16 Violone Prestant 61 pipes

8 Open Diapason 61 pipes

8 Prestant 12 pipes

8 Flute Harmonique 61 pipes

8 Bourdon 61 pipes

8 Gamba 61 pipes

51⁄3 Gross Quint 61 pipes

4 Octave 61 pipes

4 Prestant Octave 12 pipes

4 Koppelflöte 61 pipes

31⁄5 Gross Tierce 61 pipes

22⁄3 Quint 61 pipes

2 Fifteenth 61 pipes

Grand Chorus V 305 pipes

Scharff IV 244 pipes

16 Double Trumpet 12 pipes

8 Trumpet 68 pipes

4 Clarion 80 pipes

16′ Grand Mounted Cornet V (Solo, TC)

8 Mounted Cornet V (Solo)

8 Trompette-en-Chamade 54 pipes

Chimes (Solo)

Flute Harmonique Tremulant

SWELL (7′′ wind)

16 Contra Gamba °

16 Lieblich Gedeckt 12 pipes

8 Geigen Diapason 61 pipes

8 Viole de Gambe 61 pipes

8 Voix Celeste 61 pipes

8 Stopped Diapason 61 pipes

8 Spitzflöte °

8 Flute Celeste °

4 Prestant 61 pipes

4 Flute Octaviante 61 pipes

22⁄3 Nazard 61 pipes

2 Octavin 61 pipes

13⁄5 Tierce 61 pipes

Plein Jeu V 305 pipes

32 Contra Fagotto °

16 Tromba °

16 Basson 61 pipes

8 Trompette Harmonique 61 pipes

8 Cornopean °

8 Hautbois 61 pipes

8 Voix Humaine 61 pipes

4 Clairon Harmonique 80 pipes

4 English Trumpet °

16 Trompette-en-Chamade (TC)

8 Trompette-en-Chamade (Great)


CHOIR (7′′ wind)

16 Gemshorn 12 pipes

8 Principal 61 pipes

8 Voce Umana °

8 Holz Gedeckt 61 pipes

8 Gemshorn 61 pipes

8 Gemshorn Celeste 61 pipes

8 Flauto Dolce Celeste °

4 Octave 61 pipes

4 Spiel Flute 61 pipes

22⁄3 Nazard 61 pipes

2 Fifteenth 61 pipes

2 Open Flute 61 pipes

13⁄5 Tierce 61 pipes

11⁄3 Larigot (from Cymbel)

Cymbel IV 244 pipes

8 Klein Trompete 61 pipes

8 Cromorne 61 pipes

16 Double Tuba Major (Solo)

8 Tuba Major (Solo)

4 Tuba Octave (Solo)

16 Trompette-en-Chamade (TC)

8 Trompette-en-Chamade (Great)

Orchestral Harp °

Harp, Celesta °

Zimbelstern °


SOLO (10′′ and 22′′ wind)

16 Contra Gamba °

16 Contra Gamba Celeste °

8 Cello °

8 Cello Celeste °

8 Voix Angelique III °

8 Muted Viols II °

8 Doppel Flute °

4 Orchestral Flute °

22⁄3 Quint Flute °

16 Corno di Bassetto °

8 French Horn °

8 Clarinet °

8 English Horn °

8 Orchestral Oboe °

16 Double Tuba Major

8 Tuba Major 85 pipes

4 Tuba Octave

Unenclosed Solo

Mounted Cornet V 305 pipes

Chimes °

Orchestral Harp °

Harp °

Celesta °

16 Trompette-en-Chamade (TC)

8 Trompette Royale (Gallery Great)


RESONANCE (7′′ wind)

32 Contre Bourdon °

16 Dbl. Open Diapason 61 pipes

16 Violone Prestant (Great)

16 Bourdon (Pedal)

16 Gemshorn (Swell)

8 Open Diapason 61 pipes

8 Prestant (Great)

8 Hohlflöte 61 pipes

8 Bourdon 17 pipes

51⁄3 Gross Quint (Pedal)

4 Octave 61 pipes

4 Cantus Flute 61 pipes

31⁄5 Gross Tierce (Great)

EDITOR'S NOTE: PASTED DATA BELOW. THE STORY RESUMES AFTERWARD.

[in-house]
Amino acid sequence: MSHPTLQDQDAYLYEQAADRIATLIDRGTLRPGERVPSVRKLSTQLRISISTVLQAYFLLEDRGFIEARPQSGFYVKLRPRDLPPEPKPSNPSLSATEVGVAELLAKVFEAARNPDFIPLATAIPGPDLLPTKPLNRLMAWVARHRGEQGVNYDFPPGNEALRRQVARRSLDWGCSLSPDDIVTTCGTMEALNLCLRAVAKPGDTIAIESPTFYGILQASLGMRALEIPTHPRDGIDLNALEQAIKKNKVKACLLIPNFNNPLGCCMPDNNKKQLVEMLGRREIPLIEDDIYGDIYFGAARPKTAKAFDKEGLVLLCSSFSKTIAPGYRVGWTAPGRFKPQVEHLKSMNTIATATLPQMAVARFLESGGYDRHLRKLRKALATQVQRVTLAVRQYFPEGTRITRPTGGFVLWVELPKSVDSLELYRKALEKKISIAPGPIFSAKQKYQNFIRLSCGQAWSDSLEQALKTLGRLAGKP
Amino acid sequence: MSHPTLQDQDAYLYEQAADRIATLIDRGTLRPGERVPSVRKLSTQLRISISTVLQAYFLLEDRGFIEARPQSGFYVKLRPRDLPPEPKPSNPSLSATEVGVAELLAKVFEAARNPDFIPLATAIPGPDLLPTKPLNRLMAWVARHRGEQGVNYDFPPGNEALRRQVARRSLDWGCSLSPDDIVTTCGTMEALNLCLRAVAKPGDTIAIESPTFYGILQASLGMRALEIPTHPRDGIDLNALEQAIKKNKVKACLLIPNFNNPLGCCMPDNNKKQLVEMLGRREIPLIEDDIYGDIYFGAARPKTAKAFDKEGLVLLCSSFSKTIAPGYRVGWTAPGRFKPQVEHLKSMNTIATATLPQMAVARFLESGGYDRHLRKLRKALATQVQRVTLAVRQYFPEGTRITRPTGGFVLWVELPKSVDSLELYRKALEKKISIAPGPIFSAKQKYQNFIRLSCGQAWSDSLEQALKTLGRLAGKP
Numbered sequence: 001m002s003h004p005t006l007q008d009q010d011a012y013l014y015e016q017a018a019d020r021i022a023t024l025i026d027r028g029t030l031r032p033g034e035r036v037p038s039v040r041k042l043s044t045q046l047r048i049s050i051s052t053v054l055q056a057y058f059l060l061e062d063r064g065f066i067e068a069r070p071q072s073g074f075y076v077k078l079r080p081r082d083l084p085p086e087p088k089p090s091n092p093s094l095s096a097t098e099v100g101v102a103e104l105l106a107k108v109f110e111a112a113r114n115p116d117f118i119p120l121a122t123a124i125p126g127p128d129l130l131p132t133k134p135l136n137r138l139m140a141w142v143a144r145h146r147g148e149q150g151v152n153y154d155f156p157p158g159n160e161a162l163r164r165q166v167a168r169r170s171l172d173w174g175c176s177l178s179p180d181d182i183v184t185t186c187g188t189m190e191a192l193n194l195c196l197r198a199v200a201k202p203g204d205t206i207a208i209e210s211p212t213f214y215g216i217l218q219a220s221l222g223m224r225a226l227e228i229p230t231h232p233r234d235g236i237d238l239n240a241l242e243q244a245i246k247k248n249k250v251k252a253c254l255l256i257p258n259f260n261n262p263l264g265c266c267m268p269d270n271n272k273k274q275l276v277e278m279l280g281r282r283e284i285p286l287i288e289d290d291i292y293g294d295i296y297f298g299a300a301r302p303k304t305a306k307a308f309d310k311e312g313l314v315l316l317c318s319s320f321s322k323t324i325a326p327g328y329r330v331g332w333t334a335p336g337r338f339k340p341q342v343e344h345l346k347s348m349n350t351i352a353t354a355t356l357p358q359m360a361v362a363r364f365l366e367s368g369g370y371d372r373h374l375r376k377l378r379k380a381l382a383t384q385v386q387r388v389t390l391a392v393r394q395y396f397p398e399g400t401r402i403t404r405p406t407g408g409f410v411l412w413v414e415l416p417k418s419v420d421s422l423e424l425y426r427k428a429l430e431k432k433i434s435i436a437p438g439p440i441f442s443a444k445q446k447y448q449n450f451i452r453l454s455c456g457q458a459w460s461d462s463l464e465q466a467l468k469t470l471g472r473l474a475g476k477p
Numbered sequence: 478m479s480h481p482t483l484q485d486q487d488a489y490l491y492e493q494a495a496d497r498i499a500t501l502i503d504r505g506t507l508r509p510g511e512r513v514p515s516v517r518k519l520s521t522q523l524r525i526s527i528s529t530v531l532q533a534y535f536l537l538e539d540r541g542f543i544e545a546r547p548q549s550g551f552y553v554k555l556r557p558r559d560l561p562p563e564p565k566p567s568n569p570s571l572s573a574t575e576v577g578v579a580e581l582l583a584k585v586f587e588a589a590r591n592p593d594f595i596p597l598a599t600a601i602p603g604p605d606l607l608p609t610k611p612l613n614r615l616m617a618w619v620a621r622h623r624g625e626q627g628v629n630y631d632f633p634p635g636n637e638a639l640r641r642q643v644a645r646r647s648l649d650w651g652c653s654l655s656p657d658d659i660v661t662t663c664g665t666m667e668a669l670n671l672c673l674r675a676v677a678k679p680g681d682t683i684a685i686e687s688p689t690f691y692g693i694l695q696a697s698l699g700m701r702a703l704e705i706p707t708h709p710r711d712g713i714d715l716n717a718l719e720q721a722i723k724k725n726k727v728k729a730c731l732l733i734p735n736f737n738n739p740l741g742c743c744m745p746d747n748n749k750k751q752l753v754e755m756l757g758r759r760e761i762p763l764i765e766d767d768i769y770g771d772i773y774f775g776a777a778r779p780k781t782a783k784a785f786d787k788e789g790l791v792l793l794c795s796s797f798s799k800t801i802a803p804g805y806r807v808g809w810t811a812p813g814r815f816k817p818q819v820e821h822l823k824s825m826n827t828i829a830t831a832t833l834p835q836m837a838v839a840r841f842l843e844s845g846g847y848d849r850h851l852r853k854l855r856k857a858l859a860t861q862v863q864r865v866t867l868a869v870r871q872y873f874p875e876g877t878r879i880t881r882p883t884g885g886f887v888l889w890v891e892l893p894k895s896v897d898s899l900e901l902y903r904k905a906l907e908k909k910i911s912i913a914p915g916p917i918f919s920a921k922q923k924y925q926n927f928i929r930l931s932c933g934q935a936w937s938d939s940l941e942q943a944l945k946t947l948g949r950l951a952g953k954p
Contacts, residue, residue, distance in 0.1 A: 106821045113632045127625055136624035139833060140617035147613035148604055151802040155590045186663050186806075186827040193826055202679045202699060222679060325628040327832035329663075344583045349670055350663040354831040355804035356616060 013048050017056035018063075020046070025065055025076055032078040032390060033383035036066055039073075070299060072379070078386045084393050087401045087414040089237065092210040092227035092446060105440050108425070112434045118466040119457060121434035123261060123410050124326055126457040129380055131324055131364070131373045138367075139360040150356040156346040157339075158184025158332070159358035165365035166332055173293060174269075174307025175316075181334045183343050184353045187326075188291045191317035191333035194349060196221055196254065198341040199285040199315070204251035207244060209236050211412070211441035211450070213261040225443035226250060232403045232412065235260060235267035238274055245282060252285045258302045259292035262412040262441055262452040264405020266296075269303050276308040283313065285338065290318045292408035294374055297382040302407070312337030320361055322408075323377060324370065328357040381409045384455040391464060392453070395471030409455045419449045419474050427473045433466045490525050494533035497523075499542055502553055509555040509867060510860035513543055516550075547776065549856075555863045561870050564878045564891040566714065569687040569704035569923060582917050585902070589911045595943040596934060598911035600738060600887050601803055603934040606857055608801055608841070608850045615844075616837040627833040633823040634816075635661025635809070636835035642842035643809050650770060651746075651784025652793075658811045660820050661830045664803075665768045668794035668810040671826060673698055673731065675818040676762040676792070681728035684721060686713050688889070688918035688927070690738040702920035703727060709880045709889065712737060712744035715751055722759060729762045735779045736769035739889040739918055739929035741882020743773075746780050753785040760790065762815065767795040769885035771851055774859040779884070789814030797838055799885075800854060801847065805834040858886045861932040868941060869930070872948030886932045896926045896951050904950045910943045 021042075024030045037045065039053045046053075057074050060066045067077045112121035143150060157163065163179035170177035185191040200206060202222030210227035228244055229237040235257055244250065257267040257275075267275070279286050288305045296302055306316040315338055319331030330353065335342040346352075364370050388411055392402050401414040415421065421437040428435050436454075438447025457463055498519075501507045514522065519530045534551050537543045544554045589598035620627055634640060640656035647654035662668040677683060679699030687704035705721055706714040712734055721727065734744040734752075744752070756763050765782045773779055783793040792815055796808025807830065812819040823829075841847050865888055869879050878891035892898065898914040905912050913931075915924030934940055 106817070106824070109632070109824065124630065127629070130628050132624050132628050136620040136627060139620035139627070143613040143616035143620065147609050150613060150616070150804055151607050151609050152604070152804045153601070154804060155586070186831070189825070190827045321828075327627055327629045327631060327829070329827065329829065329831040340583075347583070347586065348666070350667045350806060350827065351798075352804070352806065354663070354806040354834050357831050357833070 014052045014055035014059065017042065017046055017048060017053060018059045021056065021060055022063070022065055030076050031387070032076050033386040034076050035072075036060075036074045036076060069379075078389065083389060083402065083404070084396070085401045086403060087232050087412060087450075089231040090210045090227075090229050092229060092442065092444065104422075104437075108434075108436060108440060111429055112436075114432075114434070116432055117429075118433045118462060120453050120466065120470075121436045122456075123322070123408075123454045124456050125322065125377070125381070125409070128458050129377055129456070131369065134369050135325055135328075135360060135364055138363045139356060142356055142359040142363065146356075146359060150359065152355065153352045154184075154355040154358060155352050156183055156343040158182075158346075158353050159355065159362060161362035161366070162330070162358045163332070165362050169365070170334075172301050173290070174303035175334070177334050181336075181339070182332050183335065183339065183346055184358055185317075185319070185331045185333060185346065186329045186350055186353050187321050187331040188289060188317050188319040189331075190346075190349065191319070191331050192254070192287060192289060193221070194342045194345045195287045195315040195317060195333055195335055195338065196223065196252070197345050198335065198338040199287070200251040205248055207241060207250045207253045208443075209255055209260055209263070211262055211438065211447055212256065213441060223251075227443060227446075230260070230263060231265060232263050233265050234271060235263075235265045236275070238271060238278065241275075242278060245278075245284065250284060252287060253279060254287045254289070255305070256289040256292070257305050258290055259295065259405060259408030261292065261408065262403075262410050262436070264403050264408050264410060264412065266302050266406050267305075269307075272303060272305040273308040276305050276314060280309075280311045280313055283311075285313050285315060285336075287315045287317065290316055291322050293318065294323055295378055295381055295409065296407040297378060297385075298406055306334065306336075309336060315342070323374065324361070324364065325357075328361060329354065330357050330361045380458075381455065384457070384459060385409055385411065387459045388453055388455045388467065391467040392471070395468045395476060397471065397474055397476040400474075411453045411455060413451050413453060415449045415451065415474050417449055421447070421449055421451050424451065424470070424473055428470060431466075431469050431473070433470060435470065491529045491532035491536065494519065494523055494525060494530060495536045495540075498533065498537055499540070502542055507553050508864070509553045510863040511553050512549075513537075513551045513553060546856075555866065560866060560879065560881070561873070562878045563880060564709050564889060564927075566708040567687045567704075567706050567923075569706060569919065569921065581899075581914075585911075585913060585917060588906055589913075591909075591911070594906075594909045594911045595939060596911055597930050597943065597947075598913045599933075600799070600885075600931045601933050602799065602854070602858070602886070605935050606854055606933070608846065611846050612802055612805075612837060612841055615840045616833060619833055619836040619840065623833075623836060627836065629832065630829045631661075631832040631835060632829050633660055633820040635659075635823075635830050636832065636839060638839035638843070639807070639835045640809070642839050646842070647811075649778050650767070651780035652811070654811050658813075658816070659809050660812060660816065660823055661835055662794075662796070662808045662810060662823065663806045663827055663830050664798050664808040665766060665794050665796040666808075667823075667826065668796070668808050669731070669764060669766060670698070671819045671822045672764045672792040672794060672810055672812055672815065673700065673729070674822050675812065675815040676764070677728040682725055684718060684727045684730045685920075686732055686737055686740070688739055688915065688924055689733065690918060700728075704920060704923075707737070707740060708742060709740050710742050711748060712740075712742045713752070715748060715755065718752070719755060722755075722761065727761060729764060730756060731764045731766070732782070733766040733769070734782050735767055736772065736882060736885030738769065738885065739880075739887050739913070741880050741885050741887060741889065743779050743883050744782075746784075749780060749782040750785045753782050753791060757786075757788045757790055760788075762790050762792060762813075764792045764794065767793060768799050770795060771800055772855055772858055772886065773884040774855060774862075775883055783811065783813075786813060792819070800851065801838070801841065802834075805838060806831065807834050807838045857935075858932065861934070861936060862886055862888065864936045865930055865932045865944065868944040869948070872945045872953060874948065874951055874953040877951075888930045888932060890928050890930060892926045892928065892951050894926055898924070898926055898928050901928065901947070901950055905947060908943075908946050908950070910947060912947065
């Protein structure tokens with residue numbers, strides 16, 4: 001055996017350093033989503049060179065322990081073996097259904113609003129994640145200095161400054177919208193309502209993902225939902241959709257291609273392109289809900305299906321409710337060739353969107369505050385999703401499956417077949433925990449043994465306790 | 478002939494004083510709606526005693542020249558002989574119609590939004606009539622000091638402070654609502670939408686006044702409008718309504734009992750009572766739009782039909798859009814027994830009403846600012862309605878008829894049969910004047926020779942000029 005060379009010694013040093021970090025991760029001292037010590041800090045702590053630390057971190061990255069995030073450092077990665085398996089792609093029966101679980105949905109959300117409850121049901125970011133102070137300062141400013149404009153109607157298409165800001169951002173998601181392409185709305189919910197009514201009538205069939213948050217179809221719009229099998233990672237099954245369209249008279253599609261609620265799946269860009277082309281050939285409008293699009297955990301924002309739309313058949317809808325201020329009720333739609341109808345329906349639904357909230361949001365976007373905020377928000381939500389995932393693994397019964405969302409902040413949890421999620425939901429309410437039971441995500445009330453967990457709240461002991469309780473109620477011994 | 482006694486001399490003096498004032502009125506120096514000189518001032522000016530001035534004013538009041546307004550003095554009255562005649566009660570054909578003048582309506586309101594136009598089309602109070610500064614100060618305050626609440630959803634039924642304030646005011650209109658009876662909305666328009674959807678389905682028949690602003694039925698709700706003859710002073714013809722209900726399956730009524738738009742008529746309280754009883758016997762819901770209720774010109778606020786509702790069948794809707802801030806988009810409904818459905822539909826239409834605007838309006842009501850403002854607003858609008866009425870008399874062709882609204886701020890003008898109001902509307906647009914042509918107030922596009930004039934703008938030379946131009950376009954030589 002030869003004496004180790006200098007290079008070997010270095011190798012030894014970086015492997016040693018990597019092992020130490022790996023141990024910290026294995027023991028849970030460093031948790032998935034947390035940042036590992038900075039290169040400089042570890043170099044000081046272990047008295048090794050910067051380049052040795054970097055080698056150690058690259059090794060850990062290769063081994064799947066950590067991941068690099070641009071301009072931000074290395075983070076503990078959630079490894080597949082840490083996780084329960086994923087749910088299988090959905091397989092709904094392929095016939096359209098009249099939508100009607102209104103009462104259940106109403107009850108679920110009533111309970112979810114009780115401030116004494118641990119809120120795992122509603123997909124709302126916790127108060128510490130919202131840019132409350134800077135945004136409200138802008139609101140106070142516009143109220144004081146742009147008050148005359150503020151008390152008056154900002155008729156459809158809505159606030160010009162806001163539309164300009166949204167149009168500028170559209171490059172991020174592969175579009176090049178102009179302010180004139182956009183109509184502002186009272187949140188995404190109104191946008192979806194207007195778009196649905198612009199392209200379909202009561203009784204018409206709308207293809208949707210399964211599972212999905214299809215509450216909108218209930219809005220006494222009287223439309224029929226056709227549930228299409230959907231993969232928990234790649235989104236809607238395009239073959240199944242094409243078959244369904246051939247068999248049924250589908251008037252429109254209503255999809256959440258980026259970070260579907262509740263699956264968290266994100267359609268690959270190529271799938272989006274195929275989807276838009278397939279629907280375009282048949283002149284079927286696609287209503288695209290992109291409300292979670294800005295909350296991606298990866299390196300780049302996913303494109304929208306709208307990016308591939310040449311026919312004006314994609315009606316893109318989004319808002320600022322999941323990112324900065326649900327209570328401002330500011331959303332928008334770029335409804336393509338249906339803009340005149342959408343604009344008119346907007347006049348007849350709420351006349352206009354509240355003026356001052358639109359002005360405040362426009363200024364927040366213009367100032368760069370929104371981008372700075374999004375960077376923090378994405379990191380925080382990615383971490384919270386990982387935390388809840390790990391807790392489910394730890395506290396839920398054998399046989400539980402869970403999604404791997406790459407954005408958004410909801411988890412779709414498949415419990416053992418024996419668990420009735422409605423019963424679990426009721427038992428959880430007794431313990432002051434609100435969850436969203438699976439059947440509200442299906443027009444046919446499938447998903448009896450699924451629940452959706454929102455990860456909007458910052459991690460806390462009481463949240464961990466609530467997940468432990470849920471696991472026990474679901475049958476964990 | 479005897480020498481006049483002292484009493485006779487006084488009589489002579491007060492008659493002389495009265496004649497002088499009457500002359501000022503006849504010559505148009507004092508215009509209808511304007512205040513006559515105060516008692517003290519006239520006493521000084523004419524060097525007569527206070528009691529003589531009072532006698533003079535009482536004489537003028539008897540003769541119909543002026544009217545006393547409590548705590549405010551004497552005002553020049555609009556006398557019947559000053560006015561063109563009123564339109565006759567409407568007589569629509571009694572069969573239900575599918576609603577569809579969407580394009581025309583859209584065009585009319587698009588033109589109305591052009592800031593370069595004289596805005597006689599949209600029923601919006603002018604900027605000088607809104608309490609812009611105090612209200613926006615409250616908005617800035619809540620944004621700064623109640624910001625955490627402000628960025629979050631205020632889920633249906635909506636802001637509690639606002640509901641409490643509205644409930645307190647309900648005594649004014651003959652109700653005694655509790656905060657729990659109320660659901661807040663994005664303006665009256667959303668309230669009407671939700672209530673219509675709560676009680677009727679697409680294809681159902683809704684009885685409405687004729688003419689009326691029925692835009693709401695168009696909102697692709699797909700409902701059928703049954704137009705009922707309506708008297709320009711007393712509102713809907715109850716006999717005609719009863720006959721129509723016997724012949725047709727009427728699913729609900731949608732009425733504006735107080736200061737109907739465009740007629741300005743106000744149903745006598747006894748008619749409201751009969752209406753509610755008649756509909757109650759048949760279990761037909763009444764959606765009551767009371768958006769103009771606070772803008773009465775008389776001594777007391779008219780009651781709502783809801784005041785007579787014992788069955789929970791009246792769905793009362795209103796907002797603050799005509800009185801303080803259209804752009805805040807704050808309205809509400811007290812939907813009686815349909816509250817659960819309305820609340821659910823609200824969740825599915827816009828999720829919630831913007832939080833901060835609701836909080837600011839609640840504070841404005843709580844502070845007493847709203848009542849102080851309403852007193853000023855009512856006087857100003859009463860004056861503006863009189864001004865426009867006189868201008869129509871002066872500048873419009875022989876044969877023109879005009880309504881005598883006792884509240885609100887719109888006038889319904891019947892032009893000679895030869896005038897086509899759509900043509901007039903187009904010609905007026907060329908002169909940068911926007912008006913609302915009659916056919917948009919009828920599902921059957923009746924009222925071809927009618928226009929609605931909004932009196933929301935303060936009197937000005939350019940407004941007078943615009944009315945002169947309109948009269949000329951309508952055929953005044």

2 Descant Flute 61 pipes

Mixture IV † 

Grand Fourniture IV–VI †

Descant Grand Mixture IV–VIII †

32 Contra Posaune (Pedal)

32 Contra Fagotto °

16 Posaune (Pedal)

16 Double Trumpet (Great)

8 Octave Trumpet 61 pipes

8 Trumpet (Great)

4 Clairon 61 pipes

8 Mounted Cornet V (Solo)

16 Trompette-en-Chamade (Great, TC)

8 Trompette-en-Chamade (Great)

† The Resonance Mixture is a composite formula based on a four-rank stop, based on 22⁄3 pitch (244 pipes). Adding the fifth through eighth ranks expands the mixture by 214 pipes, creating three distinctive mixture stops.

PEDAL (7′′ and 12′′ wind)

32 Double Open Wood °

32 Contre Bourdon °

32 Erzahler °

16 Open Diapason 32 pipes

16 Open Wood °

16 Violone Prestant (Great)

16 Subbass 32 pipes

16 Gemshorn (Choir)

16 Contra Gamba (Swell)

16 Lieblich Gedeckt (Swell)

102⁄3 Gross Quint (Swell)

8 Octave (Res)

8 Prestant (Great)

8 Hohlflöte (Res)

8 Bourdon 12 pipes

8 Gemshorn (Choir)

8 Stopped Diapason (Swell)

62⁄5 Gross Tierce 12 pipes

51⁄3 Quint (Great)

4 Choral Bass (Res)

4 Cantus Flute (Res)

4 Stopped Flute 12 pipes

31⁄5 Tierce (Great)

2 Descant Flute (Res)

Mixture IV 128 pipes

64 Grand Contra Posaune 3 pipes

32 Contra Posaune (Res)

32 Contra Fagotto °

16 Corno di Bassetto (Solo)

16 Posaune (Res)

16 Double Trumpet (Great)

16 Tromba (Swell)

16 Basson (Swell)

8 Octave Trumpet (Res)

8 Cornopean (Swell)

4 Clairon (Res)

4 Hautbois 32 pipes

8 Trompette-en-Chamade (Great)

4 Trompette-en-Chamade (Great)

Chimes °

Full complement of inter/intramanual couplers, and other accessories

GALLERY GREAT (4.5′′ wind)

16 Violone 12 pipes

8 Principal 61 pipes

8 Viola 61 pipes

8 Traverse Flute 61 pipes

8 Bourdon 61 pipes

8 Erzahler 61 pipes

8 Erzahler Celeste 61 pipes

4 Octave 61 pipes

4 Flute Harmonique 61 pipes

2 Super Octave 61 pipes

2 Waldflöte 24 pipes

Sesquialtera III–IV 192 pipes

Mixture IV 244 pipes

8 Trompette Royale 61 pipes


GALLERY SWELL (5′′ wind)

16 Rohrbass 12 pipes

8 Geigen Diapason 61 pipes

8 Rohrflöte 61 pipes

8 Viola da Gamba 61 pipes

8 Viola Celeste 54 pipes

4 Principal 61 pipes

4 Spitzflöte 61 pipes

2 Octave 61 pipes

Plein Jeu IV 244 pipes

16 Basson 12 pipes

8 Trompette 61 pipes

8 Hautbois 61 pipes

4 Clairon 80 pipes


GALLERY PEDAL (5′′ wind)

32 Contre Bourdon °

16 Principal °

16 Violone (Gal. Great)

16 Bourdon 32 pipes

16 Rohrbass (Gal. Swell)

8 Octave 32 pipes

8 Violone (Gal. Great)

8 Bourdon 12 pipes

8 Rohrflöte (Gal. Swell)

4 Choral Bass 12 pipes

4 Nachthorn 32 pipes

4 Rohrflöte (Gal. Swell)

32 Contra Fagotto °

16 Double Trompette (Gal. Swell)

16 Fagotto °

8 Trumpet (Gal. Swell)

8 Fagotto °

4 Hautbois (Gal. Swell)


° indicates digital voice

Chancel Organ: 83 ranks

Gallery Organ: 35 ranks

Total number of ranks: 118

Total number of pipes: 6,158

Main blower: 20 HP

Gallery blowers: (four) ¾ HP